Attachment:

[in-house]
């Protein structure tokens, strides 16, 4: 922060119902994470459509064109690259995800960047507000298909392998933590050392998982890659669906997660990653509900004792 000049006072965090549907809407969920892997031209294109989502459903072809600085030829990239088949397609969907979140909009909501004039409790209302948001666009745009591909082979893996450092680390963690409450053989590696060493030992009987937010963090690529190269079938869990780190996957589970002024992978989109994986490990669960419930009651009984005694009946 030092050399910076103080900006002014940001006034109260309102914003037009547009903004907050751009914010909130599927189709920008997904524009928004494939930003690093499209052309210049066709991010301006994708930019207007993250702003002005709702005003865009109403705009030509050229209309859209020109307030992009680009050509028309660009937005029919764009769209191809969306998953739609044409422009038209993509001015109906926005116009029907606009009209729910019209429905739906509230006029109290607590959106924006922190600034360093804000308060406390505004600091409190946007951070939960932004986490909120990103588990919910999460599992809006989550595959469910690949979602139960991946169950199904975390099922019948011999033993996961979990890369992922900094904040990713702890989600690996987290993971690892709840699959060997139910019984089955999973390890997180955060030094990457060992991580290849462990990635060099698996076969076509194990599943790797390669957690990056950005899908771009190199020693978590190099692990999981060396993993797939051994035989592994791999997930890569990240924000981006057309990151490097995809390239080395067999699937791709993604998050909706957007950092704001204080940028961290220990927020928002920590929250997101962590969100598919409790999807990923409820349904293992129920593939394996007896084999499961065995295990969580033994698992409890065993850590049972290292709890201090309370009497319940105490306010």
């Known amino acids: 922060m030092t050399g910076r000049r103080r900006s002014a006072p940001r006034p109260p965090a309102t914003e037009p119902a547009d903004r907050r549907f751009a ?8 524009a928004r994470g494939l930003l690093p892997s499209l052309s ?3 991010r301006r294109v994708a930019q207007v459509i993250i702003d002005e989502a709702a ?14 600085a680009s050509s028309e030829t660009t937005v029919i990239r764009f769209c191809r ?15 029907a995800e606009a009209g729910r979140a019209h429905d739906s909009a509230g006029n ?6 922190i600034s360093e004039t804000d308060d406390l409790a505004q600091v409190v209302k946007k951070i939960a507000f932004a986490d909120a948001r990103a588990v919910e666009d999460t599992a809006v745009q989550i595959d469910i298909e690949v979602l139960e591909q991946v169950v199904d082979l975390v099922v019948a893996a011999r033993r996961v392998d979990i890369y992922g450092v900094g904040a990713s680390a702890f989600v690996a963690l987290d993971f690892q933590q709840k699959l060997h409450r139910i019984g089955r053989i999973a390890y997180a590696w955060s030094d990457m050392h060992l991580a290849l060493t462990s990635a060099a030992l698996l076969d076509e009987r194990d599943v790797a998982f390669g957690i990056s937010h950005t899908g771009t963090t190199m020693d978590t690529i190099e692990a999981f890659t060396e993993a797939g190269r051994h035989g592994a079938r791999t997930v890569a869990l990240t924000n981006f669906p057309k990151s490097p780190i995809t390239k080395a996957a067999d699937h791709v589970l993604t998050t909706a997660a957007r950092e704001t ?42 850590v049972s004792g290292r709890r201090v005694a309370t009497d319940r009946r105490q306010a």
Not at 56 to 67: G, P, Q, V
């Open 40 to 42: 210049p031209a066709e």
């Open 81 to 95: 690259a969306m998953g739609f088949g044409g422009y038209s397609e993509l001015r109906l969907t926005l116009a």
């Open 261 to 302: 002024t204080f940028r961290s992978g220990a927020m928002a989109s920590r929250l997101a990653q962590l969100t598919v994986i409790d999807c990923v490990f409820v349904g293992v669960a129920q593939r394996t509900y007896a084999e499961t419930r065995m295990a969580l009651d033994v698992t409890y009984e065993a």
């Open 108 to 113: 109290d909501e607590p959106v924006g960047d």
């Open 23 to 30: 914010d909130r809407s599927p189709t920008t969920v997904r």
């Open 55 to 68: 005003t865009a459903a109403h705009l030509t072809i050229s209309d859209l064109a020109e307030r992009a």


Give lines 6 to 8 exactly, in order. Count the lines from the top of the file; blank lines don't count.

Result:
């Open 81 to 95: 690259a969306m998953g739609f088949g044409g422009y038209s397609e993509l001015r109906l969907t926005l116009a």
């Open 261 to 302: 002024t204080f940028r961290s992978g220990a927020m928002a989109s920590r929250l997101a990653q962590l969100t598919v994986i409790d999807c990923v490990f409820v349904g293992v669960a129920q593939r394996t509900y007896a084999e499961t419930r065995m295990a969580l009651d033994v698992t409890y009984e065993a």
């Open 108 to 113: 109290d909501e607590p959106v924006g960047d």